My conscience was getting the better of me, though. I hated lying to the kids about Santa and the Tooth Fairy, and every other made up thing. Why couldn’t we just celebrate milestones and holidays without making up stories of fairies and bunnies that give gifts? And, let’s face it, why did these pretend creatures get all the credit? What exactly prompted parents to lie to their kids in the first place and tell them stories of a fat man in a sleigh giving presents or a tiny fairy heaving huge teeth back to her castle? Was it to bribe kids to be good and to brush their teeth regularly? Did we really need to trick our kids into doing something they were already supposed to be doing (alright, that’s a dumb question, I know)?
I made a decision that the very next time that he asked me if Santa was real, I would tell him the truth. And I must have known it was coming because he asked me shortly after. I gave him the very first answer I told him that one Christmas Eve when he was 3 – that Santa was a real man long ago that was generous to the town’s boys and girls. But I made it clear that it was me that was carrying on the Santa tradition, not any kind of spirit or ghost. He asked about the Easter Bunny too, and I admitted that this was also me.
But he forgot all about the Tooth Fairy and didn’t ask me about her until he lost his next tooth.
“Sorry honey, the tooth fairy is me,” I told him. His eyes got really big. I thought that maybe I had scarred him by telling him these lies, admitting now that none of it was true. But he grinned really big.
“I can’t believe my mom is the Tooth Fairy!” he exclaimed. “But how do you get to everyone’s house in one night?” he asked.
Oh jeez. This was too easy. Do I mess with the kid? Do I let him momentarily believe that every night I dress up in my little white tutu and magically flit from house to house, taking kids’ teeth and leaving them quarters? I was interested to know where exactly he thought I was getting all this money, as well.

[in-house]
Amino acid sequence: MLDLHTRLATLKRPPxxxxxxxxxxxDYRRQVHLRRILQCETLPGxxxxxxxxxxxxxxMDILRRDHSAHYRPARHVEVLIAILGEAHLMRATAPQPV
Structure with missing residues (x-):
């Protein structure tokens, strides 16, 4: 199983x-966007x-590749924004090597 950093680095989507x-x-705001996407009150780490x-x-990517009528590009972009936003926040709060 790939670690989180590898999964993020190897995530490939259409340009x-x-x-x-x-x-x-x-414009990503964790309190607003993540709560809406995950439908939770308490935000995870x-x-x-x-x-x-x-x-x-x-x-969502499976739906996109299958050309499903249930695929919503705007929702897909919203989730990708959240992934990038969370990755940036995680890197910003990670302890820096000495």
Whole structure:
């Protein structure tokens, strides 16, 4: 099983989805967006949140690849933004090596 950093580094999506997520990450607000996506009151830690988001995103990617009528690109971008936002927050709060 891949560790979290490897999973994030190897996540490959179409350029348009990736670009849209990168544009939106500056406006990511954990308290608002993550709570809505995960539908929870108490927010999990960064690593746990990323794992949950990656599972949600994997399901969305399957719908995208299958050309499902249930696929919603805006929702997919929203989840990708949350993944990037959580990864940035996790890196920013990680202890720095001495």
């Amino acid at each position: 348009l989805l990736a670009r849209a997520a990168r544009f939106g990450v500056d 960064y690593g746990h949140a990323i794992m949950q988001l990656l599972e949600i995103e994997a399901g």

I only paused for a second, and then told him, no, there was NO tooth fairy, I was just a regular old mom collecting her son’s teeth and leaving behind whatever change I could find around the house. I think he was disappointed. For a second I was a celebrity, one of the most known “people” in the world, and in the next I was just plain old mom.
Now that my kids are older, I don’t really have to worry about the rights and wrongs of believing in mystical creatures. And my kids know enough to not mention it out loud in case a younger kid overhears them. And if my kids carry on the tradition of Santa and friends with their own kids, I know I will be giving him the credit for the gifts that I am picking out and purchasing for under the tree. Is it wrong? Is it ok? Is it lying? Is it adding that little bit of sparkle and magic to the holiday season? I don’t know. Thank goodness it’s all behind me, though, and I no longer have to decide! But am I alone here in grappling with this? Are there other parents out there feeling guilty for going along with the rest of the world and letting them believe in Santa? Do you tell your kids right from the beginning that Santa is make-believe? Or do you have a reason I may not have thought of for why we should let Santa, the Tooth Fairy, the Easter Bunny, Leprechauns, and the bridge trolls that you tell your naughty child are her real parents (maybe that was just mine…..) into your house and into your child’s belief system?